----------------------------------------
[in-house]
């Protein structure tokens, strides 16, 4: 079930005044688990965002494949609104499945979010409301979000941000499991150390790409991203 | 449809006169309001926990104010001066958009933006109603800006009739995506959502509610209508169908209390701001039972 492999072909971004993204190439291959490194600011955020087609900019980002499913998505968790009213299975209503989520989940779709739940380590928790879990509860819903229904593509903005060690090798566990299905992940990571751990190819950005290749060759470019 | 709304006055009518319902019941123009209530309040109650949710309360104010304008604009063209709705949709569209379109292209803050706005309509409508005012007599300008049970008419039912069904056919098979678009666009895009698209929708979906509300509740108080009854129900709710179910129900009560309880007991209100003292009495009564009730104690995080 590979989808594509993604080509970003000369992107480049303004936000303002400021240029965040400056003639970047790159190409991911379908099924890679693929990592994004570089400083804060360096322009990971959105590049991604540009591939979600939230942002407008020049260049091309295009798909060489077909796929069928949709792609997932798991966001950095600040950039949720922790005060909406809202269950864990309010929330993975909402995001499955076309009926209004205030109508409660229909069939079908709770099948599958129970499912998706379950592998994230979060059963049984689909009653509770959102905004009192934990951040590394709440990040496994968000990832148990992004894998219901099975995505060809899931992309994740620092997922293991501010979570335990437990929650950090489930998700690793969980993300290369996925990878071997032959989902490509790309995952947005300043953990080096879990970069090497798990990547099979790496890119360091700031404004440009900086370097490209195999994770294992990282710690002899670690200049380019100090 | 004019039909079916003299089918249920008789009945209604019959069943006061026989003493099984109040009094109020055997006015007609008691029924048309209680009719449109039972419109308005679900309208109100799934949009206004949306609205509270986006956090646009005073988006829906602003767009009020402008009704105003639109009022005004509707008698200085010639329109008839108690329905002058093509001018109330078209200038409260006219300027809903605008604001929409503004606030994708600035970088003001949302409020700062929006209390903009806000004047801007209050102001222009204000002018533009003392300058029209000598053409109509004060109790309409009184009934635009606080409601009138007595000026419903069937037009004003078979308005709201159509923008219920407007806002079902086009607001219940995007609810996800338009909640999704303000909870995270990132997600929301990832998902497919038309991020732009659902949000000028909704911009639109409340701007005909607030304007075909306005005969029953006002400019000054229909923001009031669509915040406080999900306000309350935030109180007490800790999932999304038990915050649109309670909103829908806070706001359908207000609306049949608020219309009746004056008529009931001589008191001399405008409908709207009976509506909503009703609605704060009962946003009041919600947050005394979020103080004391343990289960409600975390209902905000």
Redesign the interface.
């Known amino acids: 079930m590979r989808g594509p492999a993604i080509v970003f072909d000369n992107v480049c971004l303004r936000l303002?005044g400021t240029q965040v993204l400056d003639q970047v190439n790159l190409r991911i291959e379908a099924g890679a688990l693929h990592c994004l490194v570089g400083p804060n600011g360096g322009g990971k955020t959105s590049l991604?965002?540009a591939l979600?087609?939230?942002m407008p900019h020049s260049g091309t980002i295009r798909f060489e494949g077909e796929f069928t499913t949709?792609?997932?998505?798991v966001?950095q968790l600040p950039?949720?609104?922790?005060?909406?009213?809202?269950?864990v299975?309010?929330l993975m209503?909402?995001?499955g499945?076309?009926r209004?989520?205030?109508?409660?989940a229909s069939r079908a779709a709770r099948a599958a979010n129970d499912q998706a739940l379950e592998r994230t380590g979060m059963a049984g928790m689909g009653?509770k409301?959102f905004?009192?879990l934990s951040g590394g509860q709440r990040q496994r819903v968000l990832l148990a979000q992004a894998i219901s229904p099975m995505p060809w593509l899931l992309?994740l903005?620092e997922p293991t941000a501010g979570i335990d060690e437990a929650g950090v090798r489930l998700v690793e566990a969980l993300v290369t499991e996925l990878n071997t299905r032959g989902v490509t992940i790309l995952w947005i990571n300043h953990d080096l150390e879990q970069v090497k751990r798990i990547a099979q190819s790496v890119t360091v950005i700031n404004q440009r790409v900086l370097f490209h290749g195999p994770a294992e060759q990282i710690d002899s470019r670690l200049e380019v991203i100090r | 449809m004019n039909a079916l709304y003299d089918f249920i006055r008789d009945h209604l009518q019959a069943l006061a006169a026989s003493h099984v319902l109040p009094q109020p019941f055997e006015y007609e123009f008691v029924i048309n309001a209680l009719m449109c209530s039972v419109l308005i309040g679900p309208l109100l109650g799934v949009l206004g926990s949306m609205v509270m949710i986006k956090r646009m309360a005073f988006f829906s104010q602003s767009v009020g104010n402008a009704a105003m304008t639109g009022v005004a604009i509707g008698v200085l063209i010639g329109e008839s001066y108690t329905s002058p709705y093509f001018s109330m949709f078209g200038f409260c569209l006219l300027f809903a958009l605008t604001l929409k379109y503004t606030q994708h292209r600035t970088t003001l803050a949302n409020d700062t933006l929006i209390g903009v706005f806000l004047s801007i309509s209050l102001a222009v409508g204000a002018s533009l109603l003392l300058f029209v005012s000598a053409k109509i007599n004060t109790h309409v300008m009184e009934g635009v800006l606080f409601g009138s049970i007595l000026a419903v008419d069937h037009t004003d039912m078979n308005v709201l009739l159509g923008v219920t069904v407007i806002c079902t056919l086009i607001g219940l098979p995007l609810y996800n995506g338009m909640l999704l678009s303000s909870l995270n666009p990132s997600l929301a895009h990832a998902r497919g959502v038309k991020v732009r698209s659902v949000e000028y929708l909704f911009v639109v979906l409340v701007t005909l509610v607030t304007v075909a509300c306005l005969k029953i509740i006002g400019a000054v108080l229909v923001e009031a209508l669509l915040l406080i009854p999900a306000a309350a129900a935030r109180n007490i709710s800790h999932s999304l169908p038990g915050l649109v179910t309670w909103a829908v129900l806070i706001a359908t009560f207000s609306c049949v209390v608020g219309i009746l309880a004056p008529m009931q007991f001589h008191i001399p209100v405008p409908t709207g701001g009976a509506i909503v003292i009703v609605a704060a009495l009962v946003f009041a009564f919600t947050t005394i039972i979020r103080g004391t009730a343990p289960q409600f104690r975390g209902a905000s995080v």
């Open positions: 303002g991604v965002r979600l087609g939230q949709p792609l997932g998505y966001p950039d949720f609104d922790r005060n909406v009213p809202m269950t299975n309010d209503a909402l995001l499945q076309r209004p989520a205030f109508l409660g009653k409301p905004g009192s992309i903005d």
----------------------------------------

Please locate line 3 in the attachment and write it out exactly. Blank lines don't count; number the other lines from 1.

Redesign the interface.